A delicate balance: Iron metabolism and diseases of the brain

Front Aging Neurosci. 2013 Jul 18;5:34. doi: 10.3389/fnagi.2013.00034. eCollection 2013.

Abstract

Iron is the most abundant transition metal within the brain, and is vital for a number of cellular processes including neurotransmitter synthesis, myelination of neurons, and mitochondrial function. Redox cycling between ferrous and ferric iron is utilized in biology for various electron transfer reactions essential to life, yet this same chemistry mediates deleterious reactions with oxygen that induce oxidative stress. Consequently, there is a precise and tightly controlled mechanism to regulate iron in the brain. When iron is dysregulated, both conditions of iron overload and iron deficiencies are harmful to the brain. This review focuses on how iron metabolism is maintained in the brain, and how an alteration to iron and iron metabolism adversely affects neurological function.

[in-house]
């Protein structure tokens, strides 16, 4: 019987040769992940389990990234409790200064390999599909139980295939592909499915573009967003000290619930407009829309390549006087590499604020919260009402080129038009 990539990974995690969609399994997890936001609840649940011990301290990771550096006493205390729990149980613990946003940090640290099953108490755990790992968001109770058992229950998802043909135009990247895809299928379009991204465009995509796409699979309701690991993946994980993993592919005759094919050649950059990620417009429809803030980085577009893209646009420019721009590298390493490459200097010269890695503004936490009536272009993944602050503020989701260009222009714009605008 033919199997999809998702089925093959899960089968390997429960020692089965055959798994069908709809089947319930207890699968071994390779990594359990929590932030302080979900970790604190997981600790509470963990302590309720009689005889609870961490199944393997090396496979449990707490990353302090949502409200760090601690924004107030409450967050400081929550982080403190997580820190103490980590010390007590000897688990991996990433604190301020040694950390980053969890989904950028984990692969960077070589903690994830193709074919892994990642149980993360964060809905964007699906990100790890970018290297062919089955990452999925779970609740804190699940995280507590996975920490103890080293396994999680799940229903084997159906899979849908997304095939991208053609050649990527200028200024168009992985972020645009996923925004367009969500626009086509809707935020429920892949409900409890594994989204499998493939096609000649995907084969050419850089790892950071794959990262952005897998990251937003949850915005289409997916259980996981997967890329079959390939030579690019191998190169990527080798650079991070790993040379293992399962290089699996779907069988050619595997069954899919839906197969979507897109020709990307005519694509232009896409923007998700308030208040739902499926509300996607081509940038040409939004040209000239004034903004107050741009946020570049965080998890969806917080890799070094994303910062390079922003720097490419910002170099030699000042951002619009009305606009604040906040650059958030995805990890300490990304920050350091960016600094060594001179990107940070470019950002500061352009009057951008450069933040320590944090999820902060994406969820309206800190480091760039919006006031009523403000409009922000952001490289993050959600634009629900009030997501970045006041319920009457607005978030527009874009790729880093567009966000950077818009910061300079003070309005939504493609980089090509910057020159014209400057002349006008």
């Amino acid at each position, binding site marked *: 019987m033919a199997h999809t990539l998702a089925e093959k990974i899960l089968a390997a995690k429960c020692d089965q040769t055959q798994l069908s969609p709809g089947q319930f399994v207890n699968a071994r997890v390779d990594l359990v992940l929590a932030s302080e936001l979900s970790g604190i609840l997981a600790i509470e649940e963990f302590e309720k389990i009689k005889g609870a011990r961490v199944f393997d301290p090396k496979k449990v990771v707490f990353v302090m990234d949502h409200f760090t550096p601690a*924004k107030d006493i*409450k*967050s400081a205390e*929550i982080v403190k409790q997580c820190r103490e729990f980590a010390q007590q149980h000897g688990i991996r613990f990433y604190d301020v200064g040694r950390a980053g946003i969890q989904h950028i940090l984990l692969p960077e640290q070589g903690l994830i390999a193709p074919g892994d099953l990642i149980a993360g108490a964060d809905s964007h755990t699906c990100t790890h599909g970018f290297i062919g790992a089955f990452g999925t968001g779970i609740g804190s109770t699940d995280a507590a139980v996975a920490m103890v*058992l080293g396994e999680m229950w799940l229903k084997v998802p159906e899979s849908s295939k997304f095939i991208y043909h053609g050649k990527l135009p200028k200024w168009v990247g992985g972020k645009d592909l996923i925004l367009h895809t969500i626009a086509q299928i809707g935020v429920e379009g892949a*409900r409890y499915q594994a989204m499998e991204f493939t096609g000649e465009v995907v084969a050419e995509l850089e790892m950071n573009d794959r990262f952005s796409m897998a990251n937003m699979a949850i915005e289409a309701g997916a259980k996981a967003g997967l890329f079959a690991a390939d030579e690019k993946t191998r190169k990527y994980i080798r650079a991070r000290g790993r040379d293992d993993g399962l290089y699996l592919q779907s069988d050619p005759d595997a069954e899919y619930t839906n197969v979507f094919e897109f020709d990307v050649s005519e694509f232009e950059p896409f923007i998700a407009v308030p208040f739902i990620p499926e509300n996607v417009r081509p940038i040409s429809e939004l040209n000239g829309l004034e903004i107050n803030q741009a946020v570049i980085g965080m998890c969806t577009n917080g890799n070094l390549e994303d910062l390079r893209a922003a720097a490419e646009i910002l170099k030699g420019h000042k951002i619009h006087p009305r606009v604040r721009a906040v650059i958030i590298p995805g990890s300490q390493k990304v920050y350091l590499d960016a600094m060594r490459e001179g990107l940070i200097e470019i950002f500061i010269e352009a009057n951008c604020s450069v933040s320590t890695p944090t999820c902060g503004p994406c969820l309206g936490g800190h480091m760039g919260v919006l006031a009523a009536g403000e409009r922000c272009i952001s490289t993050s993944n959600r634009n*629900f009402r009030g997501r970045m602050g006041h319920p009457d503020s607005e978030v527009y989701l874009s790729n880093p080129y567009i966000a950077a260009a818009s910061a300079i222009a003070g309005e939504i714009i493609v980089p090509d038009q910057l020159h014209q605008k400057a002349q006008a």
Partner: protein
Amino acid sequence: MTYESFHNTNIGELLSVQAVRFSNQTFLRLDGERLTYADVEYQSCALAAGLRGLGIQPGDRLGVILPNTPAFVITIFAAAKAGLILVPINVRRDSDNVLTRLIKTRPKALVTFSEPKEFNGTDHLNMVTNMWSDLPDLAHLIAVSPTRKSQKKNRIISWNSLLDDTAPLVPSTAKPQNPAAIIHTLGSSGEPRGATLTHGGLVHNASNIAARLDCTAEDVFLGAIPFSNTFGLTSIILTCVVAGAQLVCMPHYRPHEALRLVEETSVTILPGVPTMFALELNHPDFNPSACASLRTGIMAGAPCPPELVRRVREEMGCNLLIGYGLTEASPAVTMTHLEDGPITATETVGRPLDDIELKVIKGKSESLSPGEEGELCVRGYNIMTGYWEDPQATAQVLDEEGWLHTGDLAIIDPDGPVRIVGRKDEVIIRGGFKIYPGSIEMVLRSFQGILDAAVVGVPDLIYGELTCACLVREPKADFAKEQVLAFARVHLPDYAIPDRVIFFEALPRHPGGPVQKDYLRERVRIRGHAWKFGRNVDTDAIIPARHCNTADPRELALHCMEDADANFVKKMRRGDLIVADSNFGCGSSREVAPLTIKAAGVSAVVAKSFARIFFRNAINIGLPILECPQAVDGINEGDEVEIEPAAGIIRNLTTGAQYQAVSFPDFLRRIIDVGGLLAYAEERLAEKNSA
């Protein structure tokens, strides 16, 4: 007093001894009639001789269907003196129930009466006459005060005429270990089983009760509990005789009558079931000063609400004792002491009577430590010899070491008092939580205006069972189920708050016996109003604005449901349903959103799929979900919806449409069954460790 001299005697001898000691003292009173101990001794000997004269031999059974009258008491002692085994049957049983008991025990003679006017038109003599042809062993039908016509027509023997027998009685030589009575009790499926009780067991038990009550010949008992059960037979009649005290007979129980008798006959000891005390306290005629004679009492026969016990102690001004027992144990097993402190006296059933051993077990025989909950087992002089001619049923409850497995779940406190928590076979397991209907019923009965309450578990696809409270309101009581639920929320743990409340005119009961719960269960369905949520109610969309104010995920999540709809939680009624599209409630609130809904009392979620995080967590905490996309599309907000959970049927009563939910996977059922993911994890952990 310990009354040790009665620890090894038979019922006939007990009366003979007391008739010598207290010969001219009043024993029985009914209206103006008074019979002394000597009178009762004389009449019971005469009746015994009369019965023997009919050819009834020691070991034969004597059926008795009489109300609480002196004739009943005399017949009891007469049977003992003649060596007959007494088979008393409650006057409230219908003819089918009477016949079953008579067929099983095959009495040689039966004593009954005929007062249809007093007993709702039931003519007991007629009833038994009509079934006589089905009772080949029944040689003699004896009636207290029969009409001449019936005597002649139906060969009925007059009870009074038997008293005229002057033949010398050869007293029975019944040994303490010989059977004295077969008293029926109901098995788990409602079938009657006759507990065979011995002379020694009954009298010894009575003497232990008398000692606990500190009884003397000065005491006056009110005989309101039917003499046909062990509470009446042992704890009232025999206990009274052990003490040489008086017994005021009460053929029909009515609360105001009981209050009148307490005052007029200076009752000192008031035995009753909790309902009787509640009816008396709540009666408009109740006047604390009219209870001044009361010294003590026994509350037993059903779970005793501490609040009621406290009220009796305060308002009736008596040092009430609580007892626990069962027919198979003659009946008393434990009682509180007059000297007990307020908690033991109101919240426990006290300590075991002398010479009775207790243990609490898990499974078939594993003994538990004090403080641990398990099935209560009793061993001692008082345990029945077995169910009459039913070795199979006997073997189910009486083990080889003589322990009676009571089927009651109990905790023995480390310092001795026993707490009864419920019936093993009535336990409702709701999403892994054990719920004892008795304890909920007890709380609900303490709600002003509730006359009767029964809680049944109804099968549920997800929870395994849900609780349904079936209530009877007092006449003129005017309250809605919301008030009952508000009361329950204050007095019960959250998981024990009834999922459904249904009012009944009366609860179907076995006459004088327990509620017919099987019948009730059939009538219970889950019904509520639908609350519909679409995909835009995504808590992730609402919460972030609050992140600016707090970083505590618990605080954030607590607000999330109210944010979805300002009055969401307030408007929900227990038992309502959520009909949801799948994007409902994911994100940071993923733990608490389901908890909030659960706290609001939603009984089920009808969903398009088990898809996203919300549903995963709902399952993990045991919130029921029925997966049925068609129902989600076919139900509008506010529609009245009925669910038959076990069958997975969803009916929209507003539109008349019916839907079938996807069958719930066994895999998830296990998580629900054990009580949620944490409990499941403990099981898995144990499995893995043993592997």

Keywords: Alzheimer’s disease; Parkinson’s disease; iron chelation; iron deficiency; iron regulation.